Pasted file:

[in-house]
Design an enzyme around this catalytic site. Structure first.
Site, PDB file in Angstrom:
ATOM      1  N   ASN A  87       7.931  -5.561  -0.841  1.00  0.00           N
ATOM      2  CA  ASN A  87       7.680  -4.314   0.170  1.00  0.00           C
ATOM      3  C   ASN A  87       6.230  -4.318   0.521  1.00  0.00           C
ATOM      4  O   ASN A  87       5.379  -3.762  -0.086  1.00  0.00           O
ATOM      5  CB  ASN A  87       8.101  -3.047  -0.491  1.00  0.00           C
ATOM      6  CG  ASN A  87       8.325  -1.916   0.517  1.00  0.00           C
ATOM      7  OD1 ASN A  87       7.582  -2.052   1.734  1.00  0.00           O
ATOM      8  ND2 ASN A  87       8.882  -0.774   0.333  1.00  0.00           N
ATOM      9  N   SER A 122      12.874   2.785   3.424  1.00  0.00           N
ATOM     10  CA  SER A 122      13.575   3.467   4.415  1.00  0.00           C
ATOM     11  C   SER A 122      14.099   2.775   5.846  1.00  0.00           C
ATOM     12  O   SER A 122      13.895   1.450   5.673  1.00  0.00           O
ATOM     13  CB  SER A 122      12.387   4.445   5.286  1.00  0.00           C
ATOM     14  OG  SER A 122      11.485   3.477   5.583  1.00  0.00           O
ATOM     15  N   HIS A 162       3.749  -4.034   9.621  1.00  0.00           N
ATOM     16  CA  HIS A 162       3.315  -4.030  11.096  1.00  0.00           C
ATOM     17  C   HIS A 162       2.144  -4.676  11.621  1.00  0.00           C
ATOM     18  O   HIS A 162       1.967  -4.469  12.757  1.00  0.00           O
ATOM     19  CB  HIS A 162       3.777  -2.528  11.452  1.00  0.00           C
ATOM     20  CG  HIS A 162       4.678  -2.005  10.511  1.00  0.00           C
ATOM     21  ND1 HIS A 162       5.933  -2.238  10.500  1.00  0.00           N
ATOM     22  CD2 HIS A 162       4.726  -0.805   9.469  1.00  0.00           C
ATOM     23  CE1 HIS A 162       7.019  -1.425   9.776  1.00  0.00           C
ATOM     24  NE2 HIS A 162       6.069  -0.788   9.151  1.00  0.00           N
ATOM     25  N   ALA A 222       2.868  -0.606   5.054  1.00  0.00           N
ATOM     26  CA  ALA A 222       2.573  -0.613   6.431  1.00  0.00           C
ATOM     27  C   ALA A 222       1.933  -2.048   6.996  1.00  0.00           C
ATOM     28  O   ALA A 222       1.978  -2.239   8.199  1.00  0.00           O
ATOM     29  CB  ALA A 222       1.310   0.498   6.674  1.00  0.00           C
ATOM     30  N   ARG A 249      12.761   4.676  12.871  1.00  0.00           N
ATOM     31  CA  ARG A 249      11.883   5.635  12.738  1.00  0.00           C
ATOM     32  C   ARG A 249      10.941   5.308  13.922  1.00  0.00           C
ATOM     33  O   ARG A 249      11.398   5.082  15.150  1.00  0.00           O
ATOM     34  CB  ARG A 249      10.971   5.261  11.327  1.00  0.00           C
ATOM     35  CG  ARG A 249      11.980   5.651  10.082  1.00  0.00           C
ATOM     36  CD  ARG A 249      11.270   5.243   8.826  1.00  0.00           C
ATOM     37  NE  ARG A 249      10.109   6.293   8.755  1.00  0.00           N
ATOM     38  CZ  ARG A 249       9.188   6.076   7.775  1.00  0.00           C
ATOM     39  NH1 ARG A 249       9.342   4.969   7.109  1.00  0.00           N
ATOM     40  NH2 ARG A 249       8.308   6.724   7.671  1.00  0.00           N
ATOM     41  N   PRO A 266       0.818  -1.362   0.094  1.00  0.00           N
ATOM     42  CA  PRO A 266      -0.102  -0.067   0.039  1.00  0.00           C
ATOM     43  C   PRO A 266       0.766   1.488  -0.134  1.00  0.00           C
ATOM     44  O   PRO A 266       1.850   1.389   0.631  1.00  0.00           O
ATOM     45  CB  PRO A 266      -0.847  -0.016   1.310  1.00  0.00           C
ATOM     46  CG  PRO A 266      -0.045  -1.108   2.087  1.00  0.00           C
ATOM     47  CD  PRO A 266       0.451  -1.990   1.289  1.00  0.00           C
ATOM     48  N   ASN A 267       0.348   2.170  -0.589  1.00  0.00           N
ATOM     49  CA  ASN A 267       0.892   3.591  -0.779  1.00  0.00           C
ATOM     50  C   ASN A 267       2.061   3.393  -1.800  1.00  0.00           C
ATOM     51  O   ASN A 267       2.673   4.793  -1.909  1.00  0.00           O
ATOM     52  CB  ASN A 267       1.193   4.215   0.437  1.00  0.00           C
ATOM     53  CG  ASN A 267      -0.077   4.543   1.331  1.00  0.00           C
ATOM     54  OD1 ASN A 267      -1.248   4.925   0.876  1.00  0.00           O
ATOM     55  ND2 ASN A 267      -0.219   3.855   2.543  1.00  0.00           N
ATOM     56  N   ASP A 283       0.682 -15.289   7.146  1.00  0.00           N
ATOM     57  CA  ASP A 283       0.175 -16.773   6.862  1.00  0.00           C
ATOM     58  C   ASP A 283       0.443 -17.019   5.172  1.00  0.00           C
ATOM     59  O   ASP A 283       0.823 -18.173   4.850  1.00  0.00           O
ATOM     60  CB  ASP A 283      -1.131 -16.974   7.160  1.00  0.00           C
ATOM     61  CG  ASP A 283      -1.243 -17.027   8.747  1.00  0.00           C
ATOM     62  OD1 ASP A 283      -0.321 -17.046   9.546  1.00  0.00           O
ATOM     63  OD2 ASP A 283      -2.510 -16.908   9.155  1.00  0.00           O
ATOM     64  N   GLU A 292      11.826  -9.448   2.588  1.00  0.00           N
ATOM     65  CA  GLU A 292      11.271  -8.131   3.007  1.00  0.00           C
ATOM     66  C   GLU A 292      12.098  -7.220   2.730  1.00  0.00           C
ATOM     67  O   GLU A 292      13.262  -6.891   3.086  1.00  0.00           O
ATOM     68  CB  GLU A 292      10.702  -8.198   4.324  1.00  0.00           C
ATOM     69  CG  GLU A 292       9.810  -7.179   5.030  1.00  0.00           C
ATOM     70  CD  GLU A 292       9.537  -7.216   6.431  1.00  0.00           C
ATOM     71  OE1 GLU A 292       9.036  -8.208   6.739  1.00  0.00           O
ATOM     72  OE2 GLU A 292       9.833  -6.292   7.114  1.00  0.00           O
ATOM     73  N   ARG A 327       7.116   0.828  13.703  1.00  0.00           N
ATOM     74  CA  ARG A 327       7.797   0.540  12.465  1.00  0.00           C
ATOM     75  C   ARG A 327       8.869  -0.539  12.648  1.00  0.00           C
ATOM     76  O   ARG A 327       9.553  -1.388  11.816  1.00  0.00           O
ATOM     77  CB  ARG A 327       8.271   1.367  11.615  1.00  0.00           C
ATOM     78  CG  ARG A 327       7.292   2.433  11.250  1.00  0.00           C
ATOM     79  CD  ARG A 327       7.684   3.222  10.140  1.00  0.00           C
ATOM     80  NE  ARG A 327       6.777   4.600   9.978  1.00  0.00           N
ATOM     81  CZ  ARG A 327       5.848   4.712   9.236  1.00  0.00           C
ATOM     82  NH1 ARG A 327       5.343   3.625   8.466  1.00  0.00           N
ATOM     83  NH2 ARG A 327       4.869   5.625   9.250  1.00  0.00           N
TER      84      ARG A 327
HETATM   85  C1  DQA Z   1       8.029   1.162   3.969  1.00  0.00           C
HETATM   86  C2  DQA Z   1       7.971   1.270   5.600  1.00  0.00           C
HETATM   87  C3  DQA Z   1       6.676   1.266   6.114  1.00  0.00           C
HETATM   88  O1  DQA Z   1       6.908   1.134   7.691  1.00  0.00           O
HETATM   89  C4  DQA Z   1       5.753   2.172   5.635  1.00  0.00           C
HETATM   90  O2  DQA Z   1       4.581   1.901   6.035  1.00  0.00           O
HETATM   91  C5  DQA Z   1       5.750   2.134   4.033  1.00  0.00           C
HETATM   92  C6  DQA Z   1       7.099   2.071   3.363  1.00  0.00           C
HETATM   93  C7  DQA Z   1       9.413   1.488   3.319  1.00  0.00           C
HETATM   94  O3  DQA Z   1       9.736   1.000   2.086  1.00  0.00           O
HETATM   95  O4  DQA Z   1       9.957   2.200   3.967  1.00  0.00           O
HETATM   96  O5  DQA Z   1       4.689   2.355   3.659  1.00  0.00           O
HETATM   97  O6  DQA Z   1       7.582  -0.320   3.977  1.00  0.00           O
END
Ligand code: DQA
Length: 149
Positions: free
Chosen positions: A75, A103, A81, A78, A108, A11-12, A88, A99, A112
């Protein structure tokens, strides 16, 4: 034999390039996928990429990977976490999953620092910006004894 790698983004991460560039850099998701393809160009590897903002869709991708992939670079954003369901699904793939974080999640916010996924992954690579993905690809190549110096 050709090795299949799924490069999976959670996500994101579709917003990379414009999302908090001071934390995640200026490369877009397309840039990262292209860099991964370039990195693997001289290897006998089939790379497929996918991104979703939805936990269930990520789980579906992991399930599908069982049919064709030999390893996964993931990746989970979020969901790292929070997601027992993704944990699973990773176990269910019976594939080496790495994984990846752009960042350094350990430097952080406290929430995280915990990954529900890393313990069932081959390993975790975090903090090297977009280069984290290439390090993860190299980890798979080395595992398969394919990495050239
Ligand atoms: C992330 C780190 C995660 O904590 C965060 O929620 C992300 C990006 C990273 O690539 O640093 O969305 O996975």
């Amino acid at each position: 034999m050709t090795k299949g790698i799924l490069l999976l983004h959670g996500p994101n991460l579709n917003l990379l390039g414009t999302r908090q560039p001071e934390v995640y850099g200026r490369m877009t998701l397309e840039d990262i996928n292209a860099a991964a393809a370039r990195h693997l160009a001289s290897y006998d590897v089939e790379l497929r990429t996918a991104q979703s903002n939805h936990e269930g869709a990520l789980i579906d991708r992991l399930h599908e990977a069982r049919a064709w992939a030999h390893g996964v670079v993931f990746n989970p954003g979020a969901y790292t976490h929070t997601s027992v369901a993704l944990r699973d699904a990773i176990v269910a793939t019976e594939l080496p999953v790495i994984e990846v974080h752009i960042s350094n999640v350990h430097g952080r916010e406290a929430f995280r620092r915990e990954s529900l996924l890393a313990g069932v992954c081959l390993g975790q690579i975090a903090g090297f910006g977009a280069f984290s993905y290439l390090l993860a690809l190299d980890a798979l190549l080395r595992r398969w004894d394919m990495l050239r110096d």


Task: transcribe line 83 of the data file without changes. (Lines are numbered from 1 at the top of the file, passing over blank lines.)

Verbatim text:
ATOM     80  NE  ARG A 327       6.777   4.600   9.978  1.00  0.00           N